Hailing Zenko’s success in raising funds and support for the IFC in Japan, Adil said: “Only with your support we can build the Safety Force and prevent ethnic cleansing in Iraq. Rich people invest money to make money. But every yen you raise to support the IFC saves lives in Iraq.”
Zenko’s most significant acheivement over the past year has been the raising of $400,000 which allowed the IFC to establish a satellite station, Sana TV, to oppose the occupation and promote a secular order for Iraq. Zenko is posting Japanese translations of Sana TV broadcasts at Peacetv.jp.
Nadia Mahmood, Sana TV’s London-based anchor, said that in 2003 when she told a conference in Dublin of her dream of a progressive satellite TV station for Iraq, “the audeince stood in disbelief—they thought such a thing was not possible and was only a nice dream. Now that dream has come true.”
Mahmood said Sana TV regularly produces programming on labor struggles, women’s issues, and the impact of the occupation on Iraqi society. With studios in both London and Baghdad, it continues to face material challenges—such as unreliable electricity, necessitating on-site generators. She also said Sana TV hopes to build “mobile studios” for Iraq, citing the threat of attack from either occupation forces or sectarian militias.
Adil and Mahmood led an afternoon workshop on building international solidarity with the IFC. Other panelists at the session included Mori Fumihiro, Zenko’s coordinator for Iraq solidarity; Jeong Hyeon Cheol, a young labor activist from Seoul who founded a South Korean IFC solidarity committee; and this reporter, acting in his capacity as a founding member of the New York-based National Organization for the Iraqi Freedom Struggles (NO-IFS).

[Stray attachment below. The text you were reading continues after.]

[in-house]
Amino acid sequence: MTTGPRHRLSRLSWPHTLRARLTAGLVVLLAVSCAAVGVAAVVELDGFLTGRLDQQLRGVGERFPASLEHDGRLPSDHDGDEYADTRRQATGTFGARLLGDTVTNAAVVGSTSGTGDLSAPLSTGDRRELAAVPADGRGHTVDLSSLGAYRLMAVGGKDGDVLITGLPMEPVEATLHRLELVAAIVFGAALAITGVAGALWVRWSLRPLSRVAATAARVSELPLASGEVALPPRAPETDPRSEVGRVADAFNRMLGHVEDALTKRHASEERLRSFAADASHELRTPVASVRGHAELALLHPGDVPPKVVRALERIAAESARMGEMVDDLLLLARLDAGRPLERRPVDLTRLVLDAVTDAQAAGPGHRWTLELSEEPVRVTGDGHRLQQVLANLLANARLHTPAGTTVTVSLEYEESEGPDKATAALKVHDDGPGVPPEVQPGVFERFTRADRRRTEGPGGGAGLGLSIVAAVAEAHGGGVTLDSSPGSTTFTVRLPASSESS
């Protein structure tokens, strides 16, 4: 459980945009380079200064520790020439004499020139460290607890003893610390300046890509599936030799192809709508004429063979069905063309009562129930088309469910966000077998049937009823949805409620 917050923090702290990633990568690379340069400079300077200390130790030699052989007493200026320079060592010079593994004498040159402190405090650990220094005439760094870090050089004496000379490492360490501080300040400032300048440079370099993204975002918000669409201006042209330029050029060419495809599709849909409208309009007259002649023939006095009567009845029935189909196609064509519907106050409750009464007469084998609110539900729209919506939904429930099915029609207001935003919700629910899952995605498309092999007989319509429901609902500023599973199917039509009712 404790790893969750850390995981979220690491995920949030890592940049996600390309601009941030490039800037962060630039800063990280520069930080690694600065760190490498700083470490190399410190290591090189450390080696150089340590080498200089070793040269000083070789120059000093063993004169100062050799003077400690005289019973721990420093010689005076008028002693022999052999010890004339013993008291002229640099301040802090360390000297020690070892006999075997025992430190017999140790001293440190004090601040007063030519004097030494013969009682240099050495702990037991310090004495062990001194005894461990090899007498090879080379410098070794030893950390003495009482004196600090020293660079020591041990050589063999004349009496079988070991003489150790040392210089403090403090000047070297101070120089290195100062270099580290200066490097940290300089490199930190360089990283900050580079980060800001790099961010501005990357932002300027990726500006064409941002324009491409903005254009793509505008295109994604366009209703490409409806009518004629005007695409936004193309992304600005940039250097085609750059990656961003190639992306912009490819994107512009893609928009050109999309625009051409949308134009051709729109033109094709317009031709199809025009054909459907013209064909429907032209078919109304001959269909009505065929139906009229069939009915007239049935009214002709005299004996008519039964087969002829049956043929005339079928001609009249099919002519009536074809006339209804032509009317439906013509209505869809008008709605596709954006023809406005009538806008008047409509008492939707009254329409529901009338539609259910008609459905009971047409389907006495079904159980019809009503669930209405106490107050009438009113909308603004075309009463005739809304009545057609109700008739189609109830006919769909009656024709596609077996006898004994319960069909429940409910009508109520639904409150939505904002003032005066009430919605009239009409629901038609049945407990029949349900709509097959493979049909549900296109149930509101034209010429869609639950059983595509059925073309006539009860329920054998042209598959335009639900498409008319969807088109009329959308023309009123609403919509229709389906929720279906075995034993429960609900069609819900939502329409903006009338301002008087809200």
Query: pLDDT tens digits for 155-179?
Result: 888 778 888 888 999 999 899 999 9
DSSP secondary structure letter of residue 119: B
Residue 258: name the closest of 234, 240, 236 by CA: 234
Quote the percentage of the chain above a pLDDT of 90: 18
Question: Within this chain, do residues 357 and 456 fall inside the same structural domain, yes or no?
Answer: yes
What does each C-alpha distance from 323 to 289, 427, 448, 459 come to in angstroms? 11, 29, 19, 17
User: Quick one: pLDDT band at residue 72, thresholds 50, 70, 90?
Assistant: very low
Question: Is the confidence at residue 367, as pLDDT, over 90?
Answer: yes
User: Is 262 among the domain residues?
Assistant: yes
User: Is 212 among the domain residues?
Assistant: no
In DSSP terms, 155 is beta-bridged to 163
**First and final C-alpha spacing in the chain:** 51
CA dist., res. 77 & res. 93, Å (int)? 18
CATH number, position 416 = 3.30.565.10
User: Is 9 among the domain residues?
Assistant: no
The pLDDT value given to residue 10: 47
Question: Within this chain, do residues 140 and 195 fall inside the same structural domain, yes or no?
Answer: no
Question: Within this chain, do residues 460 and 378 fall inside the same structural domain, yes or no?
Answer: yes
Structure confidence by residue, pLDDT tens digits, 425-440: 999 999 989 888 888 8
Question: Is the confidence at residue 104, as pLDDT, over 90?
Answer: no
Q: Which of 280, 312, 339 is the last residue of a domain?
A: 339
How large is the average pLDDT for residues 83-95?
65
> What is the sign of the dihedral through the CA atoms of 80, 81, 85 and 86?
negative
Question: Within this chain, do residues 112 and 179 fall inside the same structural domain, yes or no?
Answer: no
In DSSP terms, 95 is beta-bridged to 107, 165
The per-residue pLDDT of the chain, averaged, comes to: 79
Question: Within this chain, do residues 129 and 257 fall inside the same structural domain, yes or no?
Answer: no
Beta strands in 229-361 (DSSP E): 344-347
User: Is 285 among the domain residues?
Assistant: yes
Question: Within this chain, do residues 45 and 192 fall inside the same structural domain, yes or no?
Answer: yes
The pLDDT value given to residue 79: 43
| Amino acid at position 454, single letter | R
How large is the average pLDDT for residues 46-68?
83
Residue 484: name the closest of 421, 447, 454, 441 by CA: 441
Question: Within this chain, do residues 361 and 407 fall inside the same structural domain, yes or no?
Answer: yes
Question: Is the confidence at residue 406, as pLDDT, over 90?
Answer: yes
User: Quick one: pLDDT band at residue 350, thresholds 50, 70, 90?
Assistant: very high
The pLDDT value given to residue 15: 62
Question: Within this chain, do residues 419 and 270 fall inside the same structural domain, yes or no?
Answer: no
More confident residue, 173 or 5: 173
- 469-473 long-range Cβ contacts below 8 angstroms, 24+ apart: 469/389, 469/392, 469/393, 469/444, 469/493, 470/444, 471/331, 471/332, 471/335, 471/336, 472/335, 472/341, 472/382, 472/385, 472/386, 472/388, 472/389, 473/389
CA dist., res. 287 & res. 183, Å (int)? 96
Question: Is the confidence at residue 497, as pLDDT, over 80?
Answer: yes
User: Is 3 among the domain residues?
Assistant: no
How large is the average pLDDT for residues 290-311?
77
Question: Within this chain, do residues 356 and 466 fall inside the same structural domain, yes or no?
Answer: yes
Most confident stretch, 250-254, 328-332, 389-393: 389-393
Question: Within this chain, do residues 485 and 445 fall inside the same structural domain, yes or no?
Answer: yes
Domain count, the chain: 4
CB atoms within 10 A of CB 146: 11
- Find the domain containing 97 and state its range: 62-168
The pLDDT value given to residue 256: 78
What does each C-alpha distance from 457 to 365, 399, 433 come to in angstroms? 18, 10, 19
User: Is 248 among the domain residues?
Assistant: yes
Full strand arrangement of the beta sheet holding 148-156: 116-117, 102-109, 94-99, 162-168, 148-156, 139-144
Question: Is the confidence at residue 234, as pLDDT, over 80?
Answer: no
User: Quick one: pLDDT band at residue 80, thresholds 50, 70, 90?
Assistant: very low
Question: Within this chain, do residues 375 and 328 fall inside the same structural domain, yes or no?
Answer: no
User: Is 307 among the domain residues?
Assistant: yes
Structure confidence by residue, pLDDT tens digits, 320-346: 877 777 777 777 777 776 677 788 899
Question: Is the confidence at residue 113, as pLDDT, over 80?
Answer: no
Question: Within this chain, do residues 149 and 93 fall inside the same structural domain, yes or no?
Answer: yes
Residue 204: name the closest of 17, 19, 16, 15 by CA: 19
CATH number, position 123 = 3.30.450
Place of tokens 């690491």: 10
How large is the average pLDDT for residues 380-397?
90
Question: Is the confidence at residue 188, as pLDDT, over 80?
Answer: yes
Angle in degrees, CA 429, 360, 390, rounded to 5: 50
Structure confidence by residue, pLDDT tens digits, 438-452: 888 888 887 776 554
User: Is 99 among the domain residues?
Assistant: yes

The Korean delegation was led by Na Gyeongnim, one of 11 plaintiffs bringing suit in the Japanese courts to have the names of loved ones killed fighting for Japan in World War II removed from the controversial Yasukuni shrine—which also honors convicted “Class A” war criminals, including Hideki Tojo. Na Gyeongnim’s father was conscripted into the Japanese armed forces from his home in occupied Korea and sent to fight in the Pacific. She says her family was denied information about his fate until he was enshrined at Yasukuni in 1959. She told the conference: “When my mother was told he was enshrined, she said, ‘Why?—He strongly opposed the war.’ She is now 89, and her last wish is that his spirit be freed from the shrine and returned to Korea.”
The evening cultural presentation featured folk music and a traditional dance troupe from Okinawa, several rock bands made up of high school-age Zenko adherents, and a performance by Zenko’s theater outfit. This depicted an unemployed youth who joins Japan’s Self-Defense Forces and ends up in Iraq, where he witnesses terrorized civilians caught between occupation troops and Sunni and Shiite militias.
See our last report from the Zenko conference.
Please support WW4 REPORT’s work in Japan.